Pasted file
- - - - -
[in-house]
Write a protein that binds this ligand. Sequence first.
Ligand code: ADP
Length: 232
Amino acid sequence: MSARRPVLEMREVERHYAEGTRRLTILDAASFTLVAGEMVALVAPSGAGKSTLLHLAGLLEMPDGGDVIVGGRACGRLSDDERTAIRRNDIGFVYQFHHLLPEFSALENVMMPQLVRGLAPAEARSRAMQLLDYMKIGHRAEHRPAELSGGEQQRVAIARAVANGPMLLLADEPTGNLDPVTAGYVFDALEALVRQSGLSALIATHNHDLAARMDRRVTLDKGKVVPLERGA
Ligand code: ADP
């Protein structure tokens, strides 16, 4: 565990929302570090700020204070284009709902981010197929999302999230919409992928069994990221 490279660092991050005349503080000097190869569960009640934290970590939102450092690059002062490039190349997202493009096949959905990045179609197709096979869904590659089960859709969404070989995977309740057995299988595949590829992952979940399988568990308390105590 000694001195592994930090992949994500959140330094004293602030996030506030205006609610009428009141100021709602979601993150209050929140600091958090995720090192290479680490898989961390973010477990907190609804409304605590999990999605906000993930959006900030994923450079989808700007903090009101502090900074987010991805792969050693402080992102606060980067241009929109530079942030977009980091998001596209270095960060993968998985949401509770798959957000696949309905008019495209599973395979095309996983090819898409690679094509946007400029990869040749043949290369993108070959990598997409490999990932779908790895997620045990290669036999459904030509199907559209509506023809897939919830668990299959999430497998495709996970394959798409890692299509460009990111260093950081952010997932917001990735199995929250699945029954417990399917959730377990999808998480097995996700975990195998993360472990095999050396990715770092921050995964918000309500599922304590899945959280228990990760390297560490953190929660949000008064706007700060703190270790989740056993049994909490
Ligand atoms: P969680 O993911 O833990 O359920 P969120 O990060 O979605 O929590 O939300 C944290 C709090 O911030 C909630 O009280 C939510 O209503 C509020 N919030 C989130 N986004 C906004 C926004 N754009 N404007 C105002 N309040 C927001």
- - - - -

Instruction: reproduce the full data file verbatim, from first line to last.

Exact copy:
[in-house]
Write a protein that binds this ligand. Sequence first.
Ligand code: ADP
Length: 232
Amino acid sequence: MSARRPVLEMREVERHYAEGTRRLTILDAASFTLVAGEMVALVAPSGAGKSTLLHLAGLLEMPDGGDVIVGGRACGRLSDDERTAIRRNDIGFVYQFHHLLPEFSALENVMMPQLVRGLAPAEARSRAMQLLDYMKIGHRAEHRPAELSGGEQQRVAIARAVANGPMLLLADEPTGNLDPVTAGYVFDALEALVRQSGLSALIATHNHDLAARMDRRVTLDKGKVVPLERGA
Ligand code: ADP
């Protein structure tokens, strides 16, 4: 565990929302570090700020204070284009709902981010197929999302999230919409992928069994990221 490279660092991050005349503080000097190869569960009640934290970590939102450092690059002062490039190349997202493009096949959905990045179609197709096979869904590659089960859709969404070989995977309740057995299988595949590829992952979940399988568990308390105590 000694001195592994930090992949994500959140330094004293602030996030506030205006609610009428009141100021709602979601993150209050929140600091958090995720090192290479680490898989961390973010477990907190609804409304605590999990999605906000993930959006900030994923450079989808700007903090009101502090900074987010991805792969050693402080992102606060980067241009929109530079942030977009980091998001596209270095960060993968998985949401509770798959957000696949309905008019495209599973395979095309996983090819898409690679094509946007400029990869040749043949290369993108070959990598997409490999990932779908790895997620045990290669036999459904030509199907559209509506023809897939919830668990299959999430497998495709996970394959798409890692299509460009990111260093950081952010997932917001990735199995929250699945029954417990399917959730377990999808998480097995996700975990195998993360472990095999050396990715770092921050995964918000309500599922304590899945959280228990990760390297560490953190929660949000008064706007700060703190270790989740056993049994909490
Ligand atoms: P969680 O993911 O833990 O359920 P969120 O990060 O979605 O929590 O939300 C944290 C709090 O911030 C909630 O009280 C939510 O209503 C509020 N919030 C989130 N986004 C906004 C926004 N754009 N404007 C105002 N309040 C927001």